Review of Lumo Lift


Sensor and clasp options

Amidst the myriad of different trackers and smartwatches on the market, it’s fast becoming hard to tell any one from the other. They all seem to offer the same standard or higher end metrics and features, but the Lumo Lift from Lumo BodyTech offers something a little different. Not just another tracker you wear on your wrist, it’s billed as a posture coach that you wear on your t-shirt and will also track your steps as you move around your day. But how does it stand up to its competitors (sorry, couldn’t resist)…


The Lumo Lift measures two things, your step count and the time you’ve spent in what it defines as ‘good posture’ throughout the day. The former is fairly standard these days, but the latter is an interesting differentiator. The Lumo Lift achieves the measurement thanks to its placement on your clothes in line with the collar bone. You then give it a baseline measurement of ‘good’ body position when you put it on and off you go about your day.


The steps measurement is as accurate as any other option out there, which is reassuring given its worn in a very different position to most of its competitors. The posture figure also appeared to be pretty accurate from what I could see. I’m someone with generally bad posture, so it was interesting to see how Lumo thought I was doing and how the ‘coach’ function was able to improve my habits over the couple of weeks of testing.


The Lumo Lift app is only available on iOS currently and has a simple interface that gives you the data up front for your day. It’s not going to win design awards, but it doesn’t have to in my view as long as it does what it needs to do, which it does. At time of writing the app only has integration with MyFitnessPal, which seems a little minimal given the growing number of options out there, but I’m sure the BodyTech team are working on others – not least Apple’s own health service. Overall thought, the app does what it needs to do.



The device is an interesting idea and while it initially felt a little odd to wear something near my collar bone, I soon got used to it and largely forgot it was there unless I was checking my posture.


Initial set-up of the bluetooth sync was simple enough and thereafter the Lift happily synced with my phone whenever I wanted to check how I was doing with my posture and step count for the day. I will say that the time to sync felt like it took a little longer than most, but this could also be the anticipation of waiting for the results and feeling like I was being tested in some way too. Finally, the bluetooth sync was beholden to the odd glitch, but no more so though any other device I’ve tried over the years.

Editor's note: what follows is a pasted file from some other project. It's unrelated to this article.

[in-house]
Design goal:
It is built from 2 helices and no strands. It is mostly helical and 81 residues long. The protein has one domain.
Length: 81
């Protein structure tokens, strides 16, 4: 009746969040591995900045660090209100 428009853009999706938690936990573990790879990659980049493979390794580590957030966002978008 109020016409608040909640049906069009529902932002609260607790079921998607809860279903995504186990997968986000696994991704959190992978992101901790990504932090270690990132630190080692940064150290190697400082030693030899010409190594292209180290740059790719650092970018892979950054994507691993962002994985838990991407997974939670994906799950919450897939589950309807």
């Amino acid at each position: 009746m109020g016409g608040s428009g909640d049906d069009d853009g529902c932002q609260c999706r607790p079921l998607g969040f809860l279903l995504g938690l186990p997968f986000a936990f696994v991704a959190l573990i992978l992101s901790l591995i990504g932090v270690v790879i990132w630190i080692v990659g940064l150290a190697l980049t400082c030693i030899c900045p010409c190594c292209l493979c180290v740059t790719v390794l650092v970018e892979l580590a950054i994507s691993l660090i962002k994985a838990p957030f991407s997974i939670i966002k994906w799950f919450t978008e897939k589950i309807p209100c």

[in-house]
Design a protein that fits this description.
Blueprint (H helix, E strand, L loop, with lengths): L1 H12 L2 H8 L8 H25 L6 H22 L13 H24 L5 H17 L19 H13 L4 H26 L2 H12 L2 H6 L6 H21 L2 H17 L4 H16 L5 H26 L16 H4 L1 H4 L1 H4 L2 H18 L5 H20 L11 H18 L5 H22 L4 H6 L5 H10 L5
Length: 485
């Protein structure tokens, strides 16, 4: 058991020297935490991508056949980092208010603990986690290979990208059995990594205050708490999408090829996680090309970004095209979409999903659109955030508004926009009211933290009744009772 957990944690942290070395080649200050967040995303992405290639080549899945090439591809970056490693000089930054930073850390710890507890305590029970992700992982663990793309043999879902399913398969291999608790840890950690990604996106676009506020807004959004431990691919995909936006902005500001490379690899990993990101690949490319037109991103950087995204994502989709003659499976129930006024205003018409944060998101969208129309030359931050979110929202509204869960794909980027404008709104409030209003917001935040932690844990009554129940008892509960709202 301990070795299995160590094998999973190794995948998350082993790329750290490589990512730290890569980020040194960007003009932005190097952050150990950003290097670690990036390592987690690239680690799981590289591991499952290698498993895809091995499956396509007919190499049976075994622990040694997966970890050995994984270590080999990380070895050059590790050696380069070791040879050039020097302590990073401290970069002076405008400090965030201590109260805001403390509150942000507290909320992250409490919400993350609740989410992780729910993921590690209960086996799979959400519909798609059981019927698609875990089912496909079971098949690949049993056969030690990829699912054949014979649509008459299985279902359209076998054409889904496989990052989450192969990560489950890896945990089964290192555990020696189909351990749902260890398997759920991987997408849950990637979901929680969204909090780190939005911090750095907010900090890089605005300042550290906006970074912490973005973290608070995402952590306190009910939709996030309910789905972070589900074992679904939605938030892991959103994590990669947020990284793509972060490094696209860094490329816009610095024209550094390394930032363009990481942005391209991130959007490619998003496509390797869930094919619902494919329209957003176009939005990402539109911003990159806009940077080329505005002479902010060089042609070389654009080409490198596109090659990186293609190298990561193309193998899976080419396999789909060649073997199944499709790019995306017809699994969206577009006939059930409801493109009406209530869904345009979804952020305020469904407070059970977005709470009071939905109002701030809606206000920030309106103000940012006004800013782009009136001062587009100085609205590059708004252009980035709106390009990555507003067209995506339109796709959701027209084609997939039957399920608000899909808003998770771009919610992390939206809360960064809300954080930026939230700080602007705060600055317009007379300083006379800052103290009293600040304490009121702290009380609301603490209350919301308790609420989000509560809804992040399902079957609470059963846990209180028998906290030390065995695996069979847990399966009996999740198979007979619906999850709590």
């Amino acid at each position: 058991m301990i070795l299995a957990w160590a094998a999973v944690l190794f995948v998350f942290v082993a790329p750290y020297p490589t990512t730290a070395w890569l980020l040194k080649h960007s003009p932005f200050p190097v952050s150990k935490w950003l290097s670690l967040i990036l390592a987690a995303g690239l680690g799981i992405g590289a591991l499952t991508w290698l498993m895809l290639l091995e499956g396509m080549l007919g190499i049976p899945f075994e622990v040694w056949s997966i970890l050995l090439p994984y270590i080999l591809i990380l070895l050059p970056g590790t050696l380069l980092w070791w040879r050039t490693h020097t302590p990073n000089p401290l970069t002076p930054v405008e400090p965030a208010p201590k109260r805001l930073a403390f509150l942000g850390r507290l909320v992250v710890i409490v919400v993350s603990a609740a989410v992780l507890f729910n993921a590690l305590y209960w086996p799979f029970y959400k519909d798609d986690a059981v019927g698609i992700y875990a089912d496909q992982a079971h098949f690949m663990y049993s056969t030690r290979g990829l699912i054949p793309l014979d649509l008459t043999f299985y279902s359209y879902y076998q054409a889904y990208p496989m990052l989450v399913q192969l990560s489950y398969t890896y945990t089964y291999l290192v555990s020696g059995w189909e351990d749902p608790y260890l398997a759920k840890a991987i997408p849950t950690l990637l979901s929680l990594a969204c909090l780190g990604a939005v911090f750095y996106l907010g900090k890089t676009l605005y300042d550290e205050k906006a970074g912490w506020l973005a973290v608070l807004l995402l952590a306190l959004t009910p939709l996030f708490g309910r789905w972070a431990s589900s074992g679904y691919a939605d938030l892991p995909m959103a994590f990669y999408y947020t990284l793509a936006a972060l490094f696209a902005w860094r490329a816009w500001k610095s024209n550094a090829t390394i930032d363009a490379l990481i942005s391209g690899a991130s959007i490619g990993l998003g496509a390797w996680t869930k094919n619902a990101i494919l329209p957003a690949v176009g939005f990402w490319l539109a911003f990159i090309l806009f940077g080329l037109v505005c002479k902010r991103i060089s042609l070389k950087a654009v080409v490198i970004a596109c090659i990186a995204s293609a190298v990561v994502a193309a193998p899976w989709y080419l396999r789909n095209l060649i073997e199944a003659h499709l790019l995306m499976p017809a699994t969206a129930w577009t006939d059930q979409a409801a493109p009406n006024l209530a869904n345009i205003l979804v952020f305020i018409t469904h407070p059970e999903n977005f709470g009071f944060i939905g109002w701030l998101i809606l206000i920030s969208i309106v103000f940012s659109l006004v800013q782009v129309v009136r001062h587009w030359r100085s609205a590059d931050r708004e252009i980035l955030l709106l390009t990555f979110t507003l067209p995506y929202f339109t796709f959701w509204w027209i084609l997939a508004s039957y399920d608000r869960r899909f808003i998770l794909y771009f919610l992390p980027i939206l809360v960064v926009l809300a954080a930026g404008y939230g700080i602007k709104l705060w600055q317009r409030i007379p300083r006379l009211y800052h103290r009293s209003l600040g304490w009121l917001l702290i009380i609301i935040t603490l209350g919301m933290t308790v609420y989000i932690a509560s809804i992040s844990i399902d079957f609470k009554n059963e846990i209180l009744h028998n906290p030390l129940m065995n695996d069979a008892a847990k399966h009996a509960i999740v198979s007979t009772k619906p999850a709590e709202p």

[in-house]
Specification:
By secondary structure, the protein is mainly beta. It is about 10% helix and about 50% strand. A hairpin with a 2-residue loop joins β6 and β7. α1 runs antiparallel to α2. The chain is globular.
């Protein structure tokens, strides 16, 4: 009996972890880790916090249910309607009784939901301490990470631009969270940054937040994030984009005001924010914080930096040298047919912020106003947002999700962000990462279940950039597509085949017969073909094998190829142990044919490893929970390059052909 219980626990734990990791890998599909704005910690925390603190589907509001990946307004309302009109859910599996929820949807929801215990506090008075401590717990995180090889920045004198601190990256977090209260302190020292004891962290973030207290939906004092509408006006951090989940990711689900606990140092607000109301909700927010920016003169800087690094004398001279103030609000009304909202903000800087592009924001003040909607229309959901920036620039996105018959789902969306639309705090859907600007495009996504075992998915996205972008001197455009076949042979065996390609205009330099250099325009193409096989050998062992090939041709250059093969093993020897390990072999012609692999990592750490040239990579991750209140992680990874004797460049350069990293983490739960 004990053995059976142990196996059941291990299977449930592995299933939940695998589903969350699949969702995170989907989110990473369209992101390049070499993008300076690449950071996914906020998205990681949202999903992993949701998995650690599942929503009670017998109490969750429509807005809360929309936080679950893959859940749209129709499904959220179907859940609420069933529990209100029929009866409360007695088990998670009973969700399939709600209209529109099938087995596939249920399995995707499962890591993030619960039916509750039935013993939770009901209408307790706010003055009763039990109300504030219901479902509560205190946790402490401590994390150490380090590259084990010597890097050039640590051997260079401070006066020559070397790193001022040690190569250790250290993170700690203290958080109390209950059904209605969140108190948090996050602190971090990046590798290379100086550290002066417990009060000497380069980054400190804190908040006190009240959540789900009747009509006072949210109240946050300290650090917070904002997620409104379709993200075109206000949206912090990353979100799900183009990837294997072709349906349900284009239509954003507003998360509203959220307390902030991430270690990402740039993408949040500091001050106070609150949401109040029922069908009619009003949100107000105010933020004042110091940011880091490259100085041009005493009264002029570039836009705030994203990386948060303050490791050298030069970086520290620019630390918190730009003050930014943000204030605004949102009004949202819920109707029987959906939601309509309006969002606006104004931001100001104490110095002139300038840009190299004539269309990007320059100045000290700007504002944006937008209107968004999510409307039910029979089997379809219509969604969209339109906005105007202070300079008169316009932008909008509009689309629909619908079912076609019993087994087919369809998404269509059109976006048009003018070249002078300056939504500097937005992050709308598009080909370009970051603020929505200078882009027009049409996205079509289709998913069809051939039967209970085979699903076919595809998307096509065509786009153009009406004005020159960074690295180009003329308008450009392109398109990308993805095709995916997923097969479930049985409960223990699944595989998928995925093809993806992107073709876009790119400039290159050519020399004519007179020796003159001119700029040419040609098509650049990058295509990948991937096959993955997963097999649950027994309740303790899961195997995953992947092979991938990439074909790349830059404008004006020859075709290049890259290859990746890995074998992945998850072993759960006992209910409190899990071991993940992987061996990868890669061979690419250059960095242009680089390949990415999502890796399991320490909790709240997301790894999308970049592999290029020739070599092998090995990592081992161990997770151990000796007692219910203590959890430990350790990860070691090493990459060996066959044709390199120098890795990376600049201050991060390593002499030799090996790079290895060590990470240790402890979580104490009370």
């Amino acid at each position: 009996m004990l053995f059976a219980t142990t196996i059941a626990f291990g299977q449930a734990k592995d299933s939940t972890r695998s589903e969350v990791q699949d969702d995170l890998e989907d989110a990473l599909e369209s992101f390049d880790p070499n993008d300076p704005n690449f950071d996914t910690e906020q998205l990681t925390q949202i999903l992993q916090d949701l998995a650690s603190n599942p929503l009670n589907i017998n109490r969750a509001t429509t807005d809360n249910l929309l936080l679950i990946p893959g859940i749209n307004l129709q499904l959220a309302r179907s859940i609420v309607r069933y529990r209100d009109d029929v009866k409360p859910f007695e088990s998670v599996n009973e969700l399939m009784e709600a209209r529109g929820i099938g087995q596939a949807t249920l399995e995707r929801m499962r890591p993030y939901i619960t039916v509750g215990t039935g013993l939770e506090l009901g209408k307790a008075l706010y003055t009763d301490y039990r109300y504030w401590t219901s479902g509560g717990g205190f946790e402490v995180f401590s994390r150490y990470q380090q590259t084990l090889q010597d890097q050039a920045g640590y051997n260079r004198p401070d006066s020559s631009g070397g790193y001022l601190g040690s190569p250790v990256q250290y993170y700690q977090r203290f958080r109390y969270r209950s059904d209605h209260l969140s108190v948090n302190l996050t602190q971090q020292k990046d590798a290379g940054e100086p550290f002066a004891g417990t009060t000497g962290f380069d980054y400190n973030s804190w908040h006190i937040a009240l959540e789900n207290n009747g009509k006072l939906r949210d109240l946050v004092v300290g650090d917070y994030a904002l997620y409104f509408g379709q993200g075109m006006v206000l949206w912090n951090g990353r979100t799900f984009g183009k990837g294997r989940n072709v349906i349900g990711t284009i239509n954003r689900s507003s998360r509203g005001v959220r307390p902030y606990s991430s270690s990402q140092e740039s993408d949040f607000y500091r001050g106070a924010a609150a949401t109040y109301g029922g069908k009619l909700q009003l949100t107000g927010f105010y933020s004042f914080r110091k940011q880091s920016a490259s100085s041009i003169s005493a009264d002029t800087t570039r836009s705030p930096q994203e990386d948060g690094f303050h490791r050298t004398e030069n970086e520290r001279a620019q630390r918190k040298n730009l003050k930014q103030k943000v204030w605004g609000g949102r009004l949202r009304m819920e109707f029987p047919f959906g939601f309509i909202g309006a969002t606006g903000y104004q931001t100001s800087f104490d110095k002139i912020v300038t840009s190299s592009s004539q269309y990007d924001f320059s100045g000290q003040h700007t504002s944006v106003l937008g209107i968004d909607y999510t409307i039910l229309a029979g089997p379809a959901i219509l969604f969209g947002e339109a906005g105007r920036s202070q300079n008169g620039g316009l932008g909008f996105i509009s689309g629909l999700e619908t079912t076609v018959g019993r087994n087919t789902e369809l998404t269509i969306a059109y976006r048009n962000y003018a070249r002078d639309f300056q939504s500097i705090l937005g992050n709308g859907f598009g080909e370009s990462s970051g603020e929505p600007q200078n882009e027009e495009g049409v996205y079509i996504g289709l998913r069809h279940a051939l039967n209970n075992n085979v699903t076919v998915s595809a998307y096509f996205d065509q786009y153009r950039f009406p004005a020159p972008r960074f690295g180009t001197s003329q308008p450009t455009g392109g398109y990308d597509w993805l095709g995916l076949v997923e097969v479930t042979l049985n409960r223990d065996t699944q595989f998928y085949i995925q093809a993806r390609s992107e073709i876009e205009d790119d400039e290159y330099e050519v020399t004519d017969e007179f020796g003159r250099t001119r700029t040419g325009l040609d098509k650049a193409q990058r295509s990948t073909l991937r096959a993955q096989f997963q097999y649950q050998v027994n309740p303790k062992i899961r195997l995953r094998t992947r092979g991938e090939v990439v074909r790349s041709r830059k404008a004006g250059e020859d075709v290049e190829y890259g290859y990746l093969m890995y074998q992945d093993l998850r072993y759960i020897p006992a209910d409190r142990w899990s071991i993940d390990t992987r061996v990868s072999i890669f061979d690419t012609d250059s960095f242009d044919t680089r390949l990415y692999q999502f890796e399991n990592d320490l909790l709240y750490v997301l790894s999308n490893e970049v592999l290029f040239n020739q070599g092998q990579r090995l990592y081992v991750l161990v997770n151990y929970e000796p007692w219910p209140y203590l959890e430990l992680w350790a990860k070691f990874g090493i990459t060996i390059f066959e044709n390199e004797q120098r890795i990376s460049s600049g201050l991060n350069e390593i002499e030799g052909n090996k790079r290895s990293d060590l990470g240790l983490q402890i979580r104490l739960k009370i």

The Lumo Lift takes around 2 hours to take a full charge and will then last for 3-4 days – largely depending on how much of the coach function you use. This battery life was a little disappointing to be completely honest, as I expect most devices to last at least to the week mark. But given the size and weight constraints it has due to it’s location when worn, it’s understandable they went for the lighter and shorter life option.


The Lumo Lift is available for £79.99, placing it right in the heart of the ‘entry level’ trackers. This is the perfect position for it to try and woo people to the additional benefit of better posture, as a higher price tag on that would likely have to do a lot more. The tracker is also sturdily built and nicely designed, so £80 feels about the right price point for what you get.


All in all, the Lumo Lift does what it says on the tin and does it rather well I have to say. It offers a new experience of how to wear a tracker and also, as someone with a bad back myself, a genuinely useful way to improve my posture at work. As I’ve already said the the tracker is sturdily built and thoughtfully designed with the wearer in mind. Both of these points are proven by the fact that I even forgot I was wearing it one days and it ended up in the washing machine…only to survive!

Ultimately, the question is did it improve my posture? I genuinely think it did over the few weeks that I wore it, but does this mean it will replace my wrist-worn device? I don’t think so, not at the moment at least, but it is certainly a compliment to it and I’ll continue to use it for short bursts to keeps my posture honest.


The Breakdown

User Experience
Battery Life

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